We saw the film Tuesday evening and it pulls together the attack on free speech that characterizes many college campuses today. As expected, there are several scenes from what used to be known as the home of free speech—the University of California Berkeley. I attended Cal in the late 1960s after the free speech issue on campus had been resolved and am frankly stunned at the way speech is shut down there today.
Of course, that’s not unique to Cal. As the documentary shows, it widespread across college campuses and not limited to the rare conservative voice invited to speak on campus. It also includes liberals who dare to vary from what’s now considered the orthodoxy on campus. It showed two Evergreen University professors who dared to challenge a campus event that asked white people to stay away. They lost their jobs and received a $500k settlement.
The documentary also includes comments from liberals such as retired Harvard professor Alan Dershowitz, CNN commentator and progressive Van Jones and talk show host Dave Rubin. All echo the conservative concerns about minds and ears that are absolutely closed to speech with different viewpoints and decide to shout down and take out (jobs in the case of the professors) those people.
Prager operates Prager University, which produces five minute videos on various topics distributed as PragerU. Utube has put about 100 of the PragerU videos on the restricted list for failing to meet its standards. Among those being censored is one on the 10 Commandments, presumably, as Prager notes in the film, because it contains the admonition not to murder.
The run in theaters likely will end in the next week, but it should be available on streaming services.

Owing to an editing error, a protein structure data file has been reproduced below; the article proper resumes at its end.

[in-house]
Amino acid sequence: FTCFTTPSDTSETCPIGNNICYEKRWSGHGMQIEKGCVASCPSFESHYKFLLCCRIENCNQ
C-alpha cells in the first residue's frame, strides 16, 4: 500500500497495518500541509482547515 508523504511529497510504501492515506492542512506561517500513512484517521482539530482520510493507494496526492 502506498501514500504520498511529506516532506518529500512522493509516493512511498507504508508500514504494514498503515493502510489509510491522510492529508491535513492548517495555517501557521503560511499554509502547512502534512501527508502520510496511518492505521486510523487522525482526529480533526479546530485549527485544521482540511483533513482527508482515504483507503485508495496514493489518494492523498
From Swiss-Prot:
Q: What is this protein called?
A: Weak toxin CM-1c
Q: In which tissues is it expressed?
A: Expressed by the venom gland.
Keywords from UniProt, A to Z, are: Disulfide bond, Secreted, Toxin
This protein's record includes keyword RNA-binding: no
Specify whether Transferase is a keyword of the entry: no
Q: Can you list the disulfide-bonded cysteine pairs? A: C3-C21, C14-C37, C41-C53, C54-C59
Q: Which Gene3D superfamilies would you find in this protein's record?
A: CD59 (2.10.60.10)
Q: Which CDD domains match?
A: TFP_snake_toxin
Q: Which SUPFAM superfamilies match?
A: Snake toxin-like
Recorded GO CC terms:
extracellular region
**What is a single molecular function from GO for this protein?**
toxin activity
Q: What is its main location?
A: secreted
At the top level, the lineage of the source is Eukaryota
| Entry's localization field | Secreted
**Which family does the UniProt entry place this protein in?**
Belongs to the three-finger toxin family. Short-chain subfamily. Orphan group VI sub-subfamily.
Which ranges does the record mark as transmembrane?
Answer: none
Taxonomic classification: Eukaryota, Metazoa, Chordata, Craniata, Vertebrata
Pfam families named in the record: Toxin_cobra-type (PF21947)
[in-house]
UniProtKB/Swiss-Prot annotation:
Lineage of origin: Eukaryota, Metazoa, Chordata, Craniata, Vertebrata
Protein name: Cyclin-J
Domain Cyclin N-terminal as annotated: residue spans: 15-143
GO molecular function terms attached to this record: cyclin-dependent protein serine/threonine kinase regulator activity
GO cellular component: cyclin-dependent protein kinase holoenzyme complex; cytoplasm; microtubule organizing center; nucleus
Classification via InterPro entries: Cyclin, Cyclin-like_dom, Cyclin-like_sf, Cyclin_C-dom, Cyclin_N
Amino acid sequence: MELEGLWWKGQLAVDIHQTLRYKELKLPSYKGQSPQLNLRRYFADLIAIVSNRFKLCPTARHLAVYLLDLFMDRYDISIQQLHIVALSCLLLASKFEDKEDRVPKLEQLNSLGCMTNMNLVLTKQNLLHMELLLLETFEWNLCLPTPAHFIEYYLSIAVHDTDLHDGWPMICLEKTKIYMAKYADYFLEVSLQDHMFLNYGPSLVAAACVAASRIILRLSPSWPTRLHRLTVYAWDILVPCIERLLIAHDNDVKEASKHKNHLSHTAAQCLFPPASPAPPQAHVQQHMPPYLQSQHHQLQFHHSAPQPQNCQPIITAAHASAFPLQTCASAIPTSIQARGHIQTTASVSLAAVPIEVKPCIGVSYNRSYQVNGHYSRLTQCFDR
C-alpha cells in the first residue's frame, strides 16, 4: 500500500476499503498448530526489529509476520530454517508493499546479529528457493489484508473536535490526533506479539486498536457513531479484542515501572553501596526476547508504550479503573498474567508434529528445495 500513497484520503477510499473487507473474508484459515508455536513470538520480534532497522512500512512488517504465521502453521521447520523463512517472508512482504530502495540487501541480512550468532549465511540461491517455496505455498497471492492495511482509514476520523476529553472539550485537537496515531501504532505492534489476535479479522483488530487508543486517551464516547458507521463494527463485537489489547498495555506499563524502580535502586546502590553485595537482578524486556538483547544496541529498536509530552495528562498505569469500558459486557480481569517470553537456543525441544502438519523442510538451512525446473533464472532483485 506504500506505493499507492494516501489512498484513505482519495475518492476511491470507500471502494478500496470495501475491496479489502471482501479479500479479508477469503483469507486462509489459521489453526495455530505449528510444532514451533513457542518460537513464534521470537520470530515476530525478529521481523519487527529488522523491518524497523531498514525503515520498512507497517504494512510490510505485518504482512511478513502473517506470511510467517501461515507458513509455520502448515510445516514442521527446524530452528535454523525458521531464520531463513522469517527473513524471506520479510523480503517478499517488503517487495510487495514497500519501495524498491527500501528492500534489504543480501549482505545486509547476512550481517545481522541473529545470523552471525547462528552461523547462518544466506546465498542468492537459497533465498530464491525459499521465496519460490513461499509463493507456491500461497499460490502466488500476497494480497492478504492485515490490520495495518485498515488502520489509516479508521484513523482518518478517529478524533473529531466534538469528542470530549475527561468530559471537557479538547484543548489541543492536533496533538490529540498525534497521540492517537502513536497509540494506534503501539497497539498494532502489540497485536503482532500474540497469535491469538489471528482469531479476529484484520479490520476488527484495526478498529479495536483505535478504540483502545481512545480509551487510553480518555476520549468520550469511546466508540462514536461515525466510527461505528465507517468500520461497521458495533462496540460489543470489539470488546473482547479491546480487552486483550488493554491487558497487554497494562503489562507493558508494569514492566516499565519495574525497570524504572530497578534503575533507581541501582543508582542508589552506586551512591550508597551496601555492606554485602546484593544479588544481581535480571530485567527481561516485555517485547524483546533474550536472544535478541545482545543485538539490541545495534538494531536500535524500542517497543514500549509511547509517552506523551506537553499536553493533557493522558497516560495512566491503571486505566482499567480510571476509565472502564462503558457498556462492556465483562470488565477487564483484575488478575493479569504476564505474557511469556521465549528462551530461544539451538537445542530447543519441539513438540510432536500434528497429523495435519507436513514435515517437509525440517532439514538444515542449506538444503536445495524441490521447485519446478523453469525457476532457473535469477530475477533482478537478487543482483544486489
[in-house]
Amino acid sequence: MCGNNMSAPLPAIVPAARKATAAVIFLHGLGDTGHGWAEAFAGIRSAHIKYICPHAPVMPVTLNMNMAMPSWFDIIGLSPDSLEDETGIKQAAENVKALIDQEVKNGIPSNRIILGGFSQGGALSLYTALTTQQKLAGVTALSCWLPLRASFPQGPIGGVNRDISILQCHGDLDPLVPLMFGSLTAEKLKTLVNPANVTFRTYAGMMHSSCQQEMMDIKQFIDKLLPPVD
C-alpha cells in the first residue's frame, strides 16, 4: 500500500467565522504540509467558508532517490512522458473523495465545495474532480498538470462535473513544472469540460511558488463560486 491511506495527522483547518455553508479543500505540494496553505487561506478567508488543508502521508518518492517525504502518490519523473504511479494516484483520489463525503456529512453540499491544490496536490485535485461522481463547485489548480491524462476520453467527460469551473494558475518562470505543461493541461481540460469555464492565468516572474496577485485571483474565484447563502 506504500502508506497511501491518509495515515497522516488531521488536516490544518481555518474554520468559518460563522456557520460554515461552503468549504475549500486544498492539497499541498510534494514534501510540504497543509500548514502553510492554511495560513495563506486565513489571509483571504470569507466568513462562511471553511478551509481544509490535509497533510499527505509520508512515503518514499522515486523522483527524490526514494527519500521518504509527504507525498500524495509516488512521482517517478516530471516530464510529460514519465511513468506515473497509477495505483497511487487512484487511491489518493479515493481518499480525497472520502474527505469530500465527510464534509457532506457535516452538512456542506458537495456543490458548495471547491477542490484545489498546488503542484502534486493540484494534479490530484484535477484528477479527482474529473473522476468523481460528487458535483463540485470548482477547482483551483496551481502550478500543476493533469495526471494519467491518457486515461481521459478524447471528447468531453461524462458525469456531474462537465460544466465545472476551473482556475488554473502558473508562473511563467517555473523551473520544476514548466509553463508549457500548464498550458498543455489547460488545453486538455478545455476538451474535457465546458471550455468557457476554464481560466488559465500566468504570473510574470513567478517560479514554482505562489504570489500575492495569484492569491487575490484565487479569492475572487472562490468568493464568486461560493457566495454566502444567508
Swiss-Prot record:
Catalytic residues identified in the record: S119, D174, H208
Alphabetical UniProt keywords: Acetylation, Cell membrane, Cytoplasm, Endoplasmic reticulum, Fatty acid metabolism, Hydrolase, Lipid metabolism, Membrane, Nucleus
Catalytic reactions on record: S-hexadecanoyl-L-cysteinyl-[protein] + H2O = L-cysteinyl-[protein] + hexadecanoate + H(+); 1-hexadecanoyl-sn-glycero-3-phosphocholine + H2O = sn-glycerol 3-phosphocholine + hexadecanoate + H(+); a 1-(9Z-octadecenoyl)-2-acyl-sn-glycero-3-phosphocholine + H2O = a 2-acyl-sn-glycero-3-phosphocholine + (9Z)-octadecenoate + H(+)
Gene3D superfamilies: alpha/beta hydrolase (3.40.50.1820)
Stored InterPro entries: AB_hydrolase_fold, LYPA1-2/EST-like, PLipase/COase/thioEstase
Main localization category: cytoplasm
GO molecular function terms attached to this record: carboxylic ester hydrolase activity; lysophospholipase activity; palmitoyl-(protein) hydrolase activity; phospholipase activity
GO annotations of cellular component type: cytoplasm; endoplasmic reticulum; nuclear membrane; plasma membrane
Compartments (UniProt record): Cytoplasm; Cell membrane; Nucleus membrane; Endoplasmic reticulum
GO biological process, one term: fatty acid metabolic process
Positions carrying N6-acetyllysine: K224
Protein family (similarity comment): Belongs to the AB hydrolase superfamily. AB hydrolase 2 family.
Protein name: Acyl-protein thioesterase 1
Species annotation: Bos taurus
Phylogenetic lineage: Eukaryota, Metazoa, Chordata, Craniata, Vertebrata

Incidentally, my wife’s cousin, Noah Yaffe, was one of the producers. See his name on the big screen in the credits truly was cool.
We were fortunate enough to join the thousands of people who have enjoyed Hamilton last week in San Francisco. The play exceeded all expectations—high-energy, superbly acted and sung.
What amazed me is how miserable the creature comforts are at the Orpheum, an historic movie theater changed into a site for musical theater by the Shorenstein organization. Way, way back when, when I was attending Amador Valley High I remember taking a field trip to San Francisco to see a movie on the big screen there.
It appears the owners have done almost nothing, other than some Americans with Disabilities Act work, to upgrade. The lines for the restrooms, particularly the women’s were astonishingly long, particularly given the tight 15-minute intermission. And the seats were tiny as was the leg room as I watched taller guys stuff themselves in place with the legs jammed against the seats in front of them.
Rather amazing that the organization can command premium ticket prices with such outdated facilities